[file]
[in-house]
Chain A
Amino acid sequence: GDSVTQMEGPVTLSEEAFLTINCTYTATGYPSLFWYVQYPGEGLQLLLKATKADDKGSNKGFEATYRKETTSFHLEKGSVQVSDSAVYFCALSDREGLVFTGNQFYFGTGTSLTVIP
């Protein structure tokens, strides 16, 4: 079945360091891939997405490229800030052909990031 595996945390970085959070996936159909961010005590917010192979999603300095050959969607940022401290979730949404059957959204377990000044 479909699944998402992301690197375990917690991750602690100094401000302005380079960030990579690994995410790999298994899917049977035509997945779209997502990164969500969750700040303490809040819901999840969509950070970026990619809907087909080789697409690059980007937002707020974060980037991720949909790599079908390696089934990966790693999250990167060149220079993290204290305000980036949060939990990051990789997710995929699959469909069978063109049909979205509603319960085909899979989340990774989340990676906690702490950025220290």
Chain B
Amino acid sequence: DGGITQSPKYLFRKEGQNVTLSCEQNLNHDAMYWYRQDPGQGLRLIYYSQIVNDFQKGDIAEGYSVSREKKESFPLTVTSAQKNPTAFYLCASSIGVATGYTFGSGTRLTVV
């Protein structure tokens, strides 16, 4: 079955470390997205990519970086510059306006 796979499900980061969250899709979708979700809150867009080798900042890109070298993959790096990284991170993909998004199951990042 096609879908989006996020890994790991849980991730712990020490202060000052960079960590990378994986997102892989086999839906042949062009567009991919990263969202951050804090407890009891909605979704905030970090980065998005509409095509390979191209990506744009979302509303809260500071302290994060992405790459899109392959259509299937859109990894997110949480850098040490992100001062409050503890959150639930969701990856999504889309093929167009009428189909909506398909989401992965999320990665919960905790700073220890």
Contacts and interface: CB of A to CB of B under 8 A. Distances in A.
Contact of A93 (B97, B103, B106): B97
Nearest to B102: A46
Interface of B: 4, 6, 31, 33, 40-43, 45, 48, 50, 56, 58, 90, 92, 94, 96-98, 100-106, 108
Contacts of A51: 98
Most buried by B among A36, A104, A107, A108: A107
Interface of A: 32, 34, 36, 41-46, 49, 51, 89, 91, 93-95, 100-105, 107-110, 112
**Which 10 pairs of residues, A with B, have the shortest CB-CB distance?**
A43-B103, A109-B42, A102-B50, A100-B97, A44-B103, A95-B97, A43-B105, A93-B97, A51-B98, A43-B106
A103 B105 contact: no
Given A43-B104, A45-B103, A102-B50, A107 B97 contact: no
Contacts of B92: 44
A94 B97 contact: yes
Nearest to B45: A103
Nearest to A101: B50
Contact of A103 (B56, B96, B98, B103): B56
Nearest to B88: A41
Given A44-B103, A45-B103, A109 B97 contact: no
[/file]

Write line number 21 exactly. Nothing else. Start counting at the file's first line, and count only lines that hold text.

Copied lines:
Nearest to B45: A103